Williams, who is now director of the Center for Women Veterans at Veterans Affairs, said more women should be “writing themselves back into history,” penning works that focus not only on trauma, but also on triumph — ways they fought bravely or saved fellow soldiers.
In the past, when women in the military have been included in popular films, they were portrayed in highly sexualized characters, such as Margaret “Hot Lips” Houlihan “with her heaving chest,” from “M.A.S.H.,” set during the Korean War, said Jerri Bell, a retired naval officer and managing editor of O-Dark-Thirty, a literary journal for veterans.
Bell is teaching a memoir-writing workshop for female veterans at a VA hospital in the District.
She and co-author Tracy Crow, a retired Marine Corps officer, unearthed thousands of letters and journals for their 2017 book, “It’s My Country Too: Women’s Military Stories from the American Revolution to Afghanistan,” about the experiences of women in the military.
Army truck driver Lyn Watson has been attending Pacanowski’s writing workshops every month for more than two years.
“In this little space, we finally get to be heard,” she said, sipping tea at a wooden table. “And I think that it’s only going to spread outside these walls.”
Pacanowski tries to create a supportive atmosphere for the women who attend her sessions. Posters on the farmhouse walls read: “Free Write . . . without editing or punctuation” and “To write, we must be courageous.”
She often tells her participants: “This is a place of fierce kindness, compassion, nonjudgment. You have the freedom to be vulnerable.”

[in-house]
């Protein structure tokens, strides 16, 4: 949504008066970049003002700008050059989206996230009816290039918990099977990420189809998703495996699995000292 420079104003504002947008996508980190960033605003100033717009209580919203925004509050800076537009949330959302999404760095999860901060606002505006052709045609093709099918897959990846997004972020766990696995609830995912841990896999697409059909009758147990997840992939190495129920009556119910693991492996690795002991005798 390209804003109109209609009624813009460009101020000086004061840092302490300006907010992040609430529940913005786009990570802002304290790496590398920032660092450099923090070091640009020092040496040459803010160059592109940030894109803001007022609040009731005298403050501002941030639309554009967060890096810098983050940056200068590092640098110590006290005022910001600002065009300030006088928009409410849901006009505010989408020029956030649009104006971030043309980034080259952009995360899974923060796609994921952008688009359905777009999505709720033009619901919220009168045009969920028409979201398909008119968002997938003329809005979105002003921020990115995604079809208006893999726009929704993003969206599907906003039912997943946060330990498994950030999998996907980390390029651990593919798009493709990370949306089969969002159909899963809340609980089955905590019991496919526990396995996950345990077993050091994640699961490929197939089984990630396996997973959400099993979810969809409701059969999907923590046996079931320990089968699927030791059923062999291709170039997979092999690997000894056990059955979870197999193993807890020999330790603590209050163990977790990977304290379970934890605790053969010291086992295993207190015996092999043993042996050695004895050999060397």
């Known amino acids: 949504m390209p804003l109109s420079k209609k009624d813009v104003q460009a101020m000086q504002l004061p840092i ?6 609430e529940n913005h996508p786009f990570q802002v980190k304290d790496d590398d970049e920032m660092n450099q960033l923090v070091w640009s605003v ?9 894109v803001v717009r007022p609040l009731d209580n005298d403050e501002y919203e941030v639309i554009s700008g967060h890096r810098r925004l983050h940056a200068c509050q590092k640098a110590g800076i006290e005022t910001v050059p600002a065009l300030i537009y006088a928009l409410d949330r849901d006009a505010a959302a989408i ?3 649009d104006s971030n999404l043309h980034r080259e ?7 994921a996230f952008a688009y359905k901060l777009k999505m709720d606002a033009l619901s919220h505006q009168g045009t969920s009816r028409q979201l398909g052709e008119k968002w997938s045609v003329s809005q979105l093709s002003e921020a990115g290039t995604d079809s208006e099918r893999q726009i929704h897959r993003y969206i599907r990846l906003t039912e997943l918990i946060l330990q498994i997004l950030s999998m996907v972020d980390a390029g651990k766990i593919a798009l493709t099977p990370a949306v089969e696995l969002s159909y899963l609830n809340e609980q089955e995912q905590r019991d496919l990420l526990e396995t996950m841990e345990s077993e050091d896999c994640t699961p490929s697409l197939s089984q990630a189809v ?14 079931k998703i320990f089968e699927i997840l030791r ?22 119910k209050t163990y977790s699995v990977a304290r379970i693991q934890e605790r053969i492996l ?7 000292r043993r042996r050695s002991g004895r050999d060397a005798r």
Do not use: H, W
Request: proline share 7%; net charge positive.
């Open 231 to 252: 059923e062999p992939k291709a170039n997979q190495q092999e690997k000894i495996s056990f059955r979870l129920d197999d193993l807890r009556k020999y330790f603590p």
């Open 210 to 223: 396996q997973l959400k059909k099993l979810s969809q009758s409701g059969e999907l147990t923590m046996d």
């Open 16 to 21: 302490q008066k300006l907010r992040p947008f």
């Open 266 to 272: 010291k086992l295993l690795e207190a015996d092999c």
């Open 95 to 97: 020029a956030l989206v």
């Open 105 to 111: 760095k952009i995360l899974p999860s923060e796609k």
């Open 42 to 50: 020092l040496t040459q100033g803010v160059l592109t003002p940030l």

She also offers lots of dark-chocolate squares.
Tammy Barlet, who served eight years as an operations specialist with the Coast Guard, said Pacanowski’s writing workshops have helped her get out of bed and “be with my tribe — my women veterans.”
Less than a year after she started attending the workshops, Barlet was invited to a program called “Veterans Voices.” From a stage in New York, she read aloud a piece she had written about how disorienting it was for her to return home after years patrolling the Persian Gulf.
Her family came to the reading, weeping in the audience as she spoke.
“I went through the channels at my local VA, a psychiatrist prescribed some medication, but I felt I needed more than some pills,” she read, mentioning the depression she went through when she couldn’t get pregnant after coming home, when she couldn’t seem to shake the pain of the suicides of some of her shipmates.
She connected with a VA social worker, who encouraged her to leave a bad marriage and use her VA benefits to earn a bachelor’s degree, which she received last year. She’s now getting her master’s in public health. She hopes to run for Congress one day.
“My mom often expresses to me how she feels she has her ‘old Tammy’ back,” she read to the audience. “The woman who is ambitious, adventurous, strong and smart. I’ve reclaimed myself as a person, woman, sister, daughter, friend and a female veteran.”